The Catholic conviction concerning the unity of all knowledge assures that the study of law must be leavened and guided by genuinely humanistic questions. The architectonic disciplines of philosophy and theology have a special place in the intellectual life of a Catholic university, for they bring order and direction to the learning that is specific to other disciplines such as law. The study of law as understood in the Catholic tradition is inclusive. It includes human hopes, human failings, human abilities, and human obligations to neighbor and to God. Villanova’s Catholic and Augustinian identity expands the range of inquiry concerning law; it does not restrict it. If the Catholic tradition proposes answers to all the questions with which human beings come to make and study law, it imposes none.
Villanova Law School is home to an impressive roster of faculty whose teaching and writing lie at the intersection of law, religion and philosophy. Villanova’s faculty includes experts such as Kathleen Brady, whose work on the religion clauses of the First Amendment draws on theology and philosophy of religion, Chaim Saiman, who teaches and writes in the area of Jewish Law, Michelle Dempsey, who teaches and writes in the areas of Feminist Legal Theory and Jurisprudence, Michele Pistone, who writes in the area of Catholic Social Thought on immigration and teaches our asylum clinic, and Patrick Brennan, whose scholarship mines the resources of the central western philosophical and theological tradition. Students can take advantage of their expertise through the wide array of courses in these areas and by working with professors individually on independent study and other projects. Here is a listing of full time and affiliated Law, Religion & Philosophy Faculty:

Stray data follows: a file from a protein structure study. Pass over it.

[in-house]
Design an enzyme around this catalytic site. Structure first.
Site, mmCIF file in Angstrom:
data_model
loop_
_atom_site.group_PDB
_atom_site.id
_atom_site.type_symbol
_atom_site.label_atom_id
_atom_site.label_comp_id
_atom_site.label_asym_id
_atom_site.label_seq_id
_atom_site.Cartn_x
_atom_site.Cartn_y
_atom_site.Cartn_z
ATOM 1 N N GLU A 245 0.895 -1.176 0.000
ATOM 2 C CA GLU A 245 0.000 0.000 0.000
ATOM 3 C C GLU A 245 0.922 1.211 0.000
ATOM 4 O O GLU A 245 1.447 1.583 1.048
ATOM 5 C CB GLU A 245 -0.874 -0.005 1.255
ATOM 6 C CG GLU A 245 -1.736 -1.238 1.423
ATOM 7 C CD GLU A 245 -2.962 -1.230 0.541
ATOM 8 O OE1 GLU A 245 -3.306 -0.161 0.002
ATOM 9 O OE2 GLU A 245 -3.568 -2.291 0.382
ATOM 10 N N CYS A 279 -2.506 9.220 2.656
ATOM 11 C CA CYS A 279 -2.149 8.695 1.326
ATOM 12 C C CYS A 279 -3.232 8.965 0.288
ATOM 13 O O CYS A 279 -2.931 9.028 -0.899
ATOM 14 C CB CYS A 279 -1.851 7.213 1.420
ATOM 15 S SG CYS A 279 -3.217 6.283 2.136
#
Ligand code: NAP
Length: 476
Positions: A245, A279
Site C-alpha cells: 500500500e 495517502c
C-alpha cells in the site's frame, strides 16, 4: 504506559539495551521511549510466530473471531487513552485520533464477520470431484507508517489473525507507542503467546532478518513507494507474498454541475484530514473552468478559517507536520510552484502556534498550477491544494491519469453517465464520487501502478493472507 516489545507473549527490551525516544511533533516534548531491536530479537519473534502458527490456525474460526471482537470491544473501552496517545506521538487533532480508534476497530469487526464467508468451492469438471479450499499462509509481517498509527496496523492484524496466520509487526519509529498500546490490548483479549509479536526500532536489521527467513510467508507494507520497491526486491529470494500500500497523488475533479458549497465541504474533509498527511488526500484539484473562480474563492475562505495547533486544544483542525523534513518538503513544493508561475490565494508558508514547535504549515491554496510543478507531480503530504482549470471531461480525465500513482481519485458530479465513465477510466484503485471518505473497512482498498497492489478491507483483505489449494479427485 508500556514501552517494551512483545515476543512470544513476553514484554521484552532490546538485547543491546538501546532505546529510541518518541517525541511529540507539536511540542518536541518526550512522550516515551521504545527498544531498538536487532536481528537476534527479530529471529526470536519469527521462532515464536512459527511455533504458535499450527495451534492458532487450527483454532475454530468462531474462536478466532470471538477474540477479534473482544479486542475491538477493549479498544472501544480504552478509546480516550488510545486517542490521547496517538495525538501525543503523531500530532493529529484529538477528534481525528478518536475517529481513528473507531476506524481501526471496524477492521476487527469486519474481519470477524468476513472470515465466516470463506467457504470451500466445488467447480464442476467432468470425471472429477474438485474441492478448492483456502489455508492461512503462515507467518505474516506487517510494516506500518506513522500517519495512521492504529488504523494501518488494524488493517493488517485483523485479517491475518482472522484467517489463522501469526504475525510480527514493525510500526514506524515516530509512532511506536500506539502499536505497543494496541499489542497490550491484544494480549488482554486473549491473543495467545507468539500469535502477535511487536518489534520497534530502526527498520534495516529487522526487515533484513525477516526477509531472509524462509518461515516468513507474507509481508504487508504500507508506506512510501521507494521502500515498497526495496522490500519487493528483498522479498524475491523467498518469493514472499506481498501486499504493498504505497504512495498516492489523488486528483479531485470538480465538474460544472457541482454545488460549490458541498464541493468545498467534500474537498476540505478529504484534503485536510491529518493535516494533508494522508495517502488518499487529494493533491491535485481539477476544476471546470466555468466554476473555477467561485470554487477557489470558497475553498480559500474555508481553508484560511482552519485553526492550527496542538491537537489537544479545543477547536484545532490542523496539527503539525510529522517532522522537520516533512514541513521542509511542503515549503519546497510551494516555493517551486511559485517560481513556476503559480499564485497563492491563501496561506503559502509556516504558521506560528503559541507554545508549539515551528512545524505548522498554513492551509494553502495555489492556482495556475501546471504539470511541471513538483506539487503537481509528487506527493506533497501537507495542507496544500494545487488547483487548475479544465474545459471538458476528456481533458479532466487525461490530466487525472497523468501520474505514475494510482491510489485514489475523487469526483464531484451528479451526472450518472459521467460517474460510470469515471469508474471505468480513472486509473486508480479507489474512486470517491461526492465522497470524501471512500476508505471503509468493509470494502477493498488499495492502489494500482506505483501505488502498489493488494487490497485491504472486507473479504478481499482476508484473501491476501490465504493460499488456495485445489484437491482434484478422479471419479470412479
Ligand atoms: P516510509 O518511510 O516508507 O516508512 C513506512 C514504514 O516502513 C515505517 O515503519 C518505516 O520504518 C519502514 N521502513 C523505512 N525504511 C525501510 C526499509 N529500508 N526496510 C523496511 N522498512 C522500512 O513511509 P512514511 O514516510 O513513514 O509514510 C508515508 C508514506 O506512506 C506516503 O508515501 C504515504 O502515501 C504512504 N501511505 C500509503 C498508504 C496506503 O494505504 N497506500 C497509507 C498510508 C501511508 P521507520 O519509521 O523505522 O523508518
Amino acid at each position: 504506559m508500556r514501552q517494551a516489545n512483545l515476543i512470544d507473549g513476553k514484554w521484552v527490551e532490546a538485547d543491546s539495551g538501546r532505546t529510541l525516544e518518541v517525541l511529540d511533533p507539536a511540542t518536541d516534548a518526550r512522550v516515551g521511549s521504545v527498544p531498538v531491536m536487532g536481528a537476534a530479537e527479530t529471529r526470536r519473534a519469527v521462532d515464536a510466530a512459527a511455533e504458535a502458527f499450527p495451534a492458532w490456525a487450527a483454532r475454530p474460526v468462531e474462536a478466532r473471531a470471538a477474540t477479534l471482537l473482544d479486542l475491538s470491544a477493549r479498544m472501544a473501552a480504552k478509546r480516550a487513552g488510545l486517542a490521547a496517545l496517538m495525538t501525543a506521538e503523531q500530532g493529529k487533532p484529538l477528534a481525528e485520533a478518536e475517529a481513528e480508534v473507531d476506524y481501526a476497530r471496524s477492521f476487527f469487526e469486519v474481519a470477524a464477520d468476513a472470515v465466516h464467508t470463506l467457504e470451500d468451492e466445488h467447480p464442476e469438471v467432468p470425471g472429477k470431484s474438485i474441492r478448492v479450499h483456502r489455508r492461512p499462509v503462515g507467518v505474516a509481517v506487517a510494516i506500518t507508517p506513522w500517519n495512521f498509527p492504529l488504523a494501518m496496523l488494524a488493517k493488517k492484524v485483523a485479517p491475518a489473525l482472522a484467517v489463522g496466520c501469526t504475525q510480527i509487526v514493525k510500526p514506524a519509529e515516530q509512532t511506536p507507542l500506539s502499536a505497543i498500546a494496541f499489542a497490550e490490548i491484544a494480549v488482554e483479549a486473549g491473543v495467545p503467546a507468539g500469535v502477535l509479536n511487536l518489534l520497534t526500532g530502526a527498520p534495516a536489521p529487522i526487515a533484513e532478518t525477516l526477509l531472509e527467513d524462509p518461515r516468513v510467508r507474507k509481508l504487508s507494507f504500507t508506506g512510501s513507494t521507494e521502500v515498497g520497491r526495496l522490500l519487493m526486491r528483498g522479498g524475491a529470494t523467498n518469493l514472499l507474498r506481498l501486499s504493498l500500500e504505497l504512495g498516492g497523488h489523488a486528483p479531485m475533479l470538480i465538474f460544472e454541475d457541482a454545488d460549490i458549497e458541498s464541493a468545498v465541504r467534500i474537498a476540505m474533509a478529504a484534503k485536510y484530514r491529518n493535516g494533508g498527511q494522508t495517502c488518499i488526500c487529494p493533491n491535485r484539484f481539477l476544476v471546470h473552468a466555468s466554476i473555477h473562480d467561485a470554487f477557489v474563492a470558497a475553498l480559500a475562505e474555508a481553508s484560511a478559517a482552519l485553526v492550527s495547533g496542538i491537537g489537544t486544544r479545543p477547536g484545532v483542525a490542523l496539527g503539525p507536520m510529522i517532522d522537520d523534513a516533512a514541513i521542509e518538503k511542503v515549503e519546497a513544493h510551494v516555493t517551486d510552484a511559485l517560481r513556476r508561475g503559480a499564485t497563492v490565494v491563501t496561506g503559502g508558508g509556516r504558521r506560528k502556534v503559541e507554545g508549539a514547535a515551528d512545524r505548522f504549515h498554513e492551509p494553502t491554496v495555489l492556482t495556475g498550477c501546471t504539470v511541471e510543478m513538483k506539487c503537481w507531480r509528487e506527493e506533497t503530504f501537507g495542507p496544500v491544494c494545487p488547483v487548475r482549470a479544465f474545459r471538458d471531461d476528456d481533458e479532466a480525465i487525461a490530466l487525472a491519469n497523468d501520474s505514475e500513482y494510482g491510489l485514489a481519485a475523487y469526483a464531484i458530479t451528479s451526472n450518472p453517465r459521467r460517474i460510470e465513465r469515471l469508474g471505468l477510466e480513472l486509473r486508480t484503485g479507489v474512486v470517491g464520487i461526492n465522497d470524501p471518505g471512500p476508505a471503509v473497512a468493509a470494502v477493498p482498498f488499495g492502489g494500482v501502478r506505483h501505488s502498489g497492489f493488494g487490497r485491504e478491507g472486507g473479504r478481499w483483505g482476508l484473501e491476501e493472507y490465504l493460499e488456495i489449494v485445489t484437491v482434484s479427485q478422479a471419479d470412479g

The Law School offers students the opportunity to explore the intersection of law, religion and philosophy. We offer a wide range of courses, including:
- Bioethics and the Law
- Canon Law
- Catholic Social Teaching and the Law
- Feminist Legal Theory
- Jewish Law
- Justice and Rights
- Law, Politics and Human Nature
- Law and Literature
- Religion in Public Life
- Religion and the Constitution